“It’s about getting quantity at a cheap cost,” said Tom Karako, a weapons and security expert at the Center for Strategic and International Studies. He said falling US inventories help explain the rush to get more arms now, saying stockpiles are “getting low relative to the levels we like to keep on hand and certainly to the levels we’re going to need to deter a China conflict.”

Karako also noted that the US exit from Afghanistan left lots of air-dropped bombs available. They cannot be easily used with Ukrainian aircraft, but “in today’s context we should be looking for innovative ways to convert them to standoff capability.”

Maryam Zakir-Hussain28 November 2022 09:07

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Gazprom to preserve Nord Stream gas-pumping equipment – Kommersant

Russia‘s Gazprom plans to preserve gas pumping equipment at the Portovaya and Slavyanskaya compressor stations that supply the Nord Stream 1 and Nord Stream 2 pipelines, the Kommersant newspaper reported on Monday, citing sources.

According to Kommersant, Gazprom plans to keep the equipment at the stations and not move it to other sites.

Kommersant said Gazprom declined to comment on its report.

Neither of the Nord Stream pipelines, laid on the bed of the Baltic Sea from Russia to Germany, are currently transporting gas.

Nord Stream 1 was shut down for repairs on Aug. 31 and never restarted, while Nord Stream 2 was never launched after Russia‘s invasion of Ukraine. Both lines were then damaged in what European authorities have called an act of sabotage.

Maryam Zakir-Hussain28 November 2022 08:42

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Vast Ukrainian nuclear plant remains under Russian control – Russia-installed authorities

The Zaporizhzhia nuclear power plant in southern Ukraine remains under Russian control, authorities installed by Moscow in the nearby city of Enerhodar said on Monday, after a Ukrainian official suggested Russian forces were preparing to leave.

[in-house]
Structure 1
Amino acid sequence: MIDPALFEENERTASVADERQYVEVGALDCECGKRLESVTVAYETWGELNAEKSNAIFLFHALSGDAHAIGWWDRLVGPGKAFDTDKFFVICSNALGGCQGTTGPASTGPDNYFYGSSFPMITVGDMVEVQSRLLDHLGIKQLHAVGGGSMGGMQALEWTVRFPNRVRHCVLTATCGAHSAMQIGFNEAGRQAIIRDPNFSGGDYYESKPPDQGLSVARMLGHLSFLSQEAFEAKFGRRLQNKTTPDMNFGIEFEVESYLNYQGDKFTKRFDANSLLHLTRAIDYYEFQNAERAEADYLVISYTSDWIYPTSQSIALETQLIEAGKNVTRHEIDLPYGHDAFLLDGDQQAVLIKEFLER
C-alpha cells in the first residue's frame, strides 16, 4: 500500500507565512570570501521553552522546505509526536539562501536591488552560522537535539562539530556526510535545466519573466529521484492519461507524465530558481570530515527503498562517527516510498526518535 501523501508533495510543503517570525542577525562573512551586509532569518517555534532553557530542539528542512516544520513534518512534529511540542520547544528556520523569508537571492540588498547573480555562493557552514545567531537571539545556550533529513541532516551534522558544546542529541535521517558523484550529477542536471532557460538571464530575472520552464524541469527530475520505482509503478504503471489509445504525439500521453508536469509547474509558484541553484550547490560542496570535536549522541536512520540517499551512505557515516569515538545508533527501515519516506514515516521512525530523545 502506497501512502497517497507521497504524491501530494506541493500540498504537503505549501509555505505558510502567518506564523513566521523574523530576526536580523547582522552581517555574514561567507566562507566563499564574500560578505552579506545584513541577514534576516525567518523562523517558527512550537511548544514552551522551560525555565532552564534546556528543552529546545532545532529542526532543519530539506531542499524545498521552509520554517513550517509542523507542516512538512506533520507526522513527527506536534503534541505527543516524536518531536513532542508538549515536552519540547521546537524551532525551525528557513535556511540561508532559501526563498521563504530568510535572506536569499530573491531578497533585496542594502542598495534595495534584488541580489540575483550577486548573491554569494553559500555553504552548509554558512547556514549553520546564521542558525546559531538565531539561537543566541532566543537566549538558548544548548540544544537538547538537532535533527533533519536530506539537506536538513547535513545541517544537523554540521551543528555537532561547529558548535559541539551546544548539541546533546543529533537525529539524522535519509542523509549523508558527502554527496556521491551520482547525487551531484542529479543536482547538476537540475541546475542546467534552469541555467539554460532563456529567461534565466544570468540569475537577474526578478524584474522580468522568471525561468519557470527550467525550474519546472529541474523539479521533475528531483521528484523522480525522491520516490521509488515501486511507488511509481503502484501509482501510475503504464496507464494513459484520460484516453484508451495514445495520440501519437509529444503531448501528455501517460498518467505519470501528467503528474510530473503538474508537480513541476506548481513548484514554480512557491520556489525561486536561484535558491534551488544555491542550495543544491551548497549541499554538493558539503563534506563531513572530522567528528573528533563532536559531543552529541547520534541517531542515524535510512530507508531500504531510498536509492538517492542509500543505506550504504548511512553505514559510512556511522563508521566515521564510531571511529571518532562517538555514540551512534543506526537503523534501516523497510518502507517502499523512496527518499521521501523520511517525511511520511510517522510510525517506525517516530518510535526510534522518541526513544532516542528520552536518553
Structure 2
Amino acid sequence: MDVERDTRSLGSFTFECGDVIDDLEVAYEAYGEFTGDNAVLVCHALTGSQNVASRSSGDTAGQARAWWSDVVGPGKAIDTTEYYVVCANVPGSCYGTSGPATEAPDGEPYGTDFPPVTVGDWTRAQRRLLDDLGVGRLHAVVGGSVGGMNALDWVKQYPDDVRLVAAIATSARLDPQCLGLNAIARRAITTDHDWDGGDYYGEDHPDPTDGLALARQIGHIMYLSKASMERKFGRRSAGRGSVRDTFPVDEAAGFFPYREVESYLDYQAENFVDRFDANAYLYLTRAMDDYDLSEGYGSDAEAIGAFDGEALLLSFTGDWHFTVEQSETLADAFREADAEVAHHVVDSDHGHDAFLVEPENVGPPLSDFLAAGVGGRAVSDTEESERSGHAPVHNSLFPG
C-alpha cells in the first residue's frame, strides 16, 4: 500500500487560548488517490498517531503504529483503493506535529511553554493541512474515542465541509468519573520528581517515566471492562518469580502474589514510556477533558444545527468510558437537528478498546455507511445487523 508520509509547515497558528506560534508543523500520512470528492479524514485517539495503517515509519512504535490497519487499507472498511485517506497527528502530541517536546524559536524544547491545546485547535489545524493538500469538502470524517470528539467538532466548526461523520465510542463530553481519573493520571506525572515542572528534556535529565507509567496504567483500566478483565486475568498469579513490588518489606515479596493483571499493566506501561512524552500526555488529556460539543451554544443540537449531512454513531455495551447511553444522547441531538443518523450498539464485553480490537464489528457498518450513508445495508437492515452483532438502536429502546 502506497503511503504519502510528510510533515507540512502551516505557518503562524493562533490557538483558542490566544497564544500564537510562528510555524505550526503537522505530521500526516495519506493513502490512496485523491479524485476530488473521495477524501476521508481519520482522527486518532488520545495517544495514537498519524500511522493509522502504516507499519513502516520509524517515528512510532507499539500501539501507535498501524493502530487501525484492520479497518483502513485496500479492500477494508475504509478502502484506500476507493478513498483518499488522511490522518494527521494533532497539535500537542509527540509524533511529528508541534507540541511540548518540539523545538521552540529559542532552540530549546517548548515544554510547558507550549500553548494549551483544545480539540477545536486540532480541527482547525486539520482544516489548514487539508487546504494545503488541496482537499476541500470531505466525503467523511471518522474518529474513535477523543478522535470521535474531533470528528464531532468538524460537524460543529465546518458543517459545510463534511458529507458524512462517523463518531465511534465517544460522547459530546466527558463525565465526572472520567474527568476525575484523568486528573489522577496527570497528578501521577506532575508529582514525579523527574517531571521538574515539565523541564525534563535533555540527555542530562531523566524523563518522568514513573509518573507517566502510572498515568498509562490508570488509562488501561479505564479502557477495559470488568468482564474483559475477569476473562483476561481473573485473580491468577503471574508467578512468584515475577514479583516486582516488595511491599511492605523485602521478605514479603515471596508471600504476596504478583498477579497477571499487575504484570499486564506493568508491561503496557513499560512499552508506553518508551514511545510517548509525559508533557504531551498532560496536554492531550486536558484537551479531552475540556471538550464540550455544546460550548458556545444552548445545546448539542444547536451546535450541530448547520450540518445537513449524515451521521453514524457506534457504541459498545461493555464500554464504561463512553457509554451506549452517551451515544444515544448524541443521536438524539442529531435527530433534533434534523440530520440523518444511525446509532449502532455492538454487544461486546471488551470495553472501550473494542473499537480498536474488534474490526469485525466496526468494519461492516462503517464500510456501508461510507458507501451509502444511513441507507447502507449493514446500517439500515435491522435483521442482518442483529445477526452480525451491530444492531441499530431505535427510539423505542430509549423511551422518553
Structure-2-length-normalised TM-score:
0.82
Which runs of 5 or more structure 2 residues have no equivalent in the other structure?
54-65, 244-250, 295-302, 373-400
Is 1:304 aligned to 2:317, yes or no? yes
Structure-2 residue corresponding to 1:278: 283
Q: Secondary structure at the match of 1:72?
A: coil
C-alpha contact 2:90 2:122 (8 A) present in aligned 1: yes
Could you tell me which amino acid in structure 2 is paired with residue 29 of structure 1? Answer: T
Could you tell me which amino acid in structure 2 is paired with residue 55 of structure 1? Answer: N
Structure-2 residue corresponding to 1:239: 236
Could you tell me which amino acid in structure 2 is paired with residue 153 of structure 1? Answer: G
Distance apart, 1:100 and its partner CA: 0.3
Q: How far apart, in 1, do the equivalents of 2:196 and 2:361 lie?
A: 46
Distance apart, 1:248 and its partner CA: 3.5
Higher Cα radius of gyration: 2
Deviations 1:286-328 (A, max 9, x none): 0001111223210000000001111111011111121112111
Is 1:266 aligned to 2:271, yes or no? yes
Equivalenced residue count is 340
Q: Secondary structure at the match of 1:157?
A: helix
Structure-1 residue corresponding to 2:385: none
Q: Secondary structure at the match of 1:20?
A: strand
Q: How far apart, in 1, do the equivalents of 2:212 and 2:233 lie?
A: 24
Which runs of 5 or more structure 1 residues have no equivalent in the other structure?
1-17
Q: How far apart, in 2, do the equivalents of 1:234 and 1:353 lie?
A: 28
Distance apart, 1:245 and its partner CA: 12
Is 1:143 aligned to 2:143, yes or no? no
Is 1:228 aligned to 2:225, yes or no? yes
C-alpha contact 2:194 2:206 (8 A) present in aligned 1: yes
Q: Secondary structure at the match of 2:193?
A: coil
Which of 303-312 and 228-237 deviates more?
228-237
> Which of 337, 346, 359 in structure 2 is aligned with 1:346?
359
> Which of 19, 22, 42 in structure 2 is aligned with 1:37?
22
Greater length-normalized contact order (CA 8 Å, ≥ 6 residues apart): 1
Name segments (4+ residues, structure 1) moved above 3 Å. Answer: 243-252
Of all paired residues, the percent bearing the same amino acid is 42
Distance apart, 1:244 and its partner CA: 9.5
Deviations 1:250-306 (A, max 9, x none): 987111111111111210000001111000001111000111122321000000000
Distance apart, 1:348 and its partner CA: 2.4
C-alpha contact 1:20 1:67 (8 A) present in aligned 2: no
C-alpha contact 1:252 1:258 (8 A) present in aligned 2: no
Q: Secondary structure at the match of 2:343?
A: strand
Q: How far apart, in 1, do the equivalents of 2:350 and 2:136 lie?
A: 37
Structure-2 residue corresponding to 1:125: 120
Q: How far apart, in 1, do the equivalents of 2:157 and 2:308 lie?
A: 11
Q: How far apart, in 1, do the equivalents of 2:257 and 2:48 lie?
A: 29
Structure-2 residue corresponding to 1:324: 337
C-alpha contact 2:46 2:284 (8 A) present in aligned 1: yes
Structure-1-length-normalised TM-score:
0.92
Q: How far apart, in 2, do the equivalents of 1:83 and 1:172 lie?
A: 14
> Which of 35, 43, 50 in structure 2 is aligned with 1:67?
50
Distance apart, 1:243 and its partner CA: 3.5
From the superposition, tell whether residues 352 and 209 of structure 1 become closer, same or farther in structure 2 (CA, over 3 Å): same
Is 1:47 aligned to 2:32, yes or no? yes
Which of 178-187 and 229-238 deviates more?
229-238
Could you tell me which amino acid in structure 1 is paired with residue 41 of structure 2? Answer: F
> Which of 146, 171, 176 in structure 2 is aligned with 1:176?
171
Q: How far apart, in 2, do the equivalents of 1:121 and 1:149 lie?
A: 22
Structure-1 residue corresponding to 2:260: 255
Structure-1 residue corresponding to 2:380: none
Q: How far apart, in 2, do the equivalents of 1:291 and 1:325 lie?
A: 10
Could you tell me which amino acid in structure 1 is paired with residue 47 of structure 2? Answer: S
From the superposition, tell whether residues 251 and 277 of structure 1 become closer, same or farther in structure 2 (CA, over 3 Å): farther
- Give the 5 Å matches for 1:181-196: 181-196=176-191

“The media are actively spreading fake news that Russia is allegedly planning to withdraw from Enerhodar and leave the (plant). This information is not true,” the Russia-installed administration wrote on the Telegram messaging app.

The head of Ukraine‘s state-run nuclear energy company said on Sunday there were signs that Russian forces might be preparing to vacate the vast Zaporizhzhia plant which they seized in March, soon after invading Ukraine.

Ukraine, which suffered the world’s worst nuclear accident in Chornobyl in 1986, and Russia have accused each other of shelling the site of the Zaporizhzhia reactor complex.

Both sides have warned of the danger of a nuclear catastrophe. The U.N. nuclear watchdog, the International Atomic Energy Agency), wants to create a protection zone around the nuclear power station, which is Europe’s largest.

Ukrainian presidential adviser Mykhailo Podolyak said late on Sunday that he had no doubt that Russian forces would leave the plant, where Ukrainian staff are still operating. Many of these workers live in Enerhodar.

“The defence line is starting to retreat to the borders of the Russian Federation,” Podolyak told Ukrainian television, adding that Ukraine would “take it (the plant) back.”

Ukraine‘s military said on Monday its forces late last week destroyed six units of Russian military equipment and that about 30 Russian servicemen were wounded in fighting near Enerhodar.

Reuters was not able to immediately verify the reports.

Russian President Vladimir Putin moved in September to annex Donetsk, Luhansk, Kherson and the Zaporizhzhia regions of Ukraine where his forces say they have partial control. Kyiv and its Western allies condemned the move as illegal.

Maryam Zakir-Hussain28 November 2022 08:24

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Kherson suffers daily bombardment, despite liberation- MoD

Despite being liberated on 11 November, the city of Kherson continues to be battered by Russian shelling on a daily basis, according to the UK ministry of defence.

“The city is vulnerable because it remains in range of most of Russia’s artillery systems, now firing from the east bank of the Dnipro River, from the rear of newly consolidated defensive lines,” the UK defence intelligence said.